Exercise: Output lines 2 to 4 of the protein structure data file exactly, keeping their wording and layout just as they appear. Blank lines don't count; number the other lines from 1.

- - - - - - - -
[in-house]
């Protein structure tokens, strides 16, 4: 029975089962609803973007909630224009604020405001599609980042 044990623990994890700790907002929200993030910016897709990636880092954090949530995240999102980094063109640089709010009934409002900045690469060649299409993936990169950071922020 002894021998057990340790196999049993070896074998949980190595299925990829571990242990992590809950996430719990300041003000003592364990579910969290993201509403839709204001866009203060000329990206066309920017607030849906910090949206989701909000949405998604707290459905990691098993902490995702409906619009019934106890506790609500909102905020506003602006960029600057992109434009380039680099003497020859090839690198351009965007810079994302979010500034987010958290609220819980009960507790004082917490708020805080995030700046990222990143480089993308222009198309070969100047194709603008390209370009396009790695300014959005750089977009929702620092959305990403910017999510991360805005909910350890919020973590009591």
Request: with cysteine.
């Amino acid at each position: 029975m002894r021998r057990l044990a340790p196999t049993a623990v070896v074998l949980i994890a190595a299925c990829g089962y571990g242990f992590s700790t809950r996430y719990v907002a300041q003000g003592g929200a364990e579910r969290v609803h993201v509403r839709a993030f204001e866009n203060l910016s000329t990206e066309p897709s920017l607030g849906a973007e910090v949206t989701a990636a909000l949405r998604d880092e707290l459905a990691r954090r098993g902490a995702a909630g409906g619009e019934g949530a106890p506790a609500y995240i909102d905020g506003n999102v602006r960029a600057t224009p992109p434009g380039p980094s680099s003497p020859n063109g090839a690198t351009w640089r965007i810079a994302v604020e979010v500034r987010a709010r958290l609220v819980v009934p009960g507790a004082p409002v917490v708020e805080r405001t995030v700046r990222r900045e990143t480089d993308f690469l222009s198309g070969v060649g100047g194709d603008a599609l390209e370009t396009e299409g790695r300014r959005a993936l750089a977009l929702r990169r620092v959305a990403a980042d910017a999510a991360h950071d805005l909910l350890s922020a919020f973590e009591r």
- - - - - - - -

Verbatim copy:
């Protein structure tokens, strides 16, 4: 029975089962609803973007909630224009604020405001599609980042 044990623990994890700790907002929200993030910016897709990636880092954090949530995240999102980094063109640089709010009934409002900045690469060649299409993936990169950071922020 002894021998057990340790196999049993070896074998949980190595299925990829571990242990992590809950996430719990300041003000003592364990579910969290993201509403839709204001866009203060000329990206066309920017607030849906910090949206989701909000949405998604707290459905990691098993902490995702409906619009019934106890506790609500909102905020506003602006960029600057992109434009380039680099003497020859090839690198351009965007810079994302979010500034987010958290609220819980009960507790004082917490708020805080995030700046990222990143480089993308222009198309070969100047194709603008390209370009396009790695300014959005750089977009929702620092959305990403910017999510991360805005909910350890919020973590009591």
Request: with cysteine.
């Amino acid at each position: 029975m002894r021998r057990l044990a340790p196999t049993a623990v070896v074998l949980i994890a190595a299925c990829g089962y571990g242990f992590s700790t809950r996430y719990v907002a300041q003000g003592g929200a364990e579910r969290v609803h993201v509403r839709a993030f204001e866009n203060l910016s000329t990206e066309p897709s920017l607030g849906a973007e910090v949206t989701a990636a909000l949405r998604d880092e707290l459905a990691r954090r098993g902490a995702a909630g409906g619009e019934g949530a106890p506790a609500y995240i909102d905020g506003n999102v602006r960029a600057t224009p992109p434009g380039p980094s680099s003497p020859n063109g090839a690198t351009w640089r965007i810079a994302v604020e979010v500034r987010a709010r958290l609220v819980v009934p009960g507790a004082p409002v917490v708020e805080r405001t995030v700046r990222r900045e990143t480089d993308f690469l222009s198309g070969v060649g100047g194709d603008a599609l390209e370009t396009e299409g790695r300014r959005a993936l750089a977009l929702r990169r620092v959305a990403a980042d910017a999510a991360h950071d805005l909910l350890s922020a919020f973590e009591r």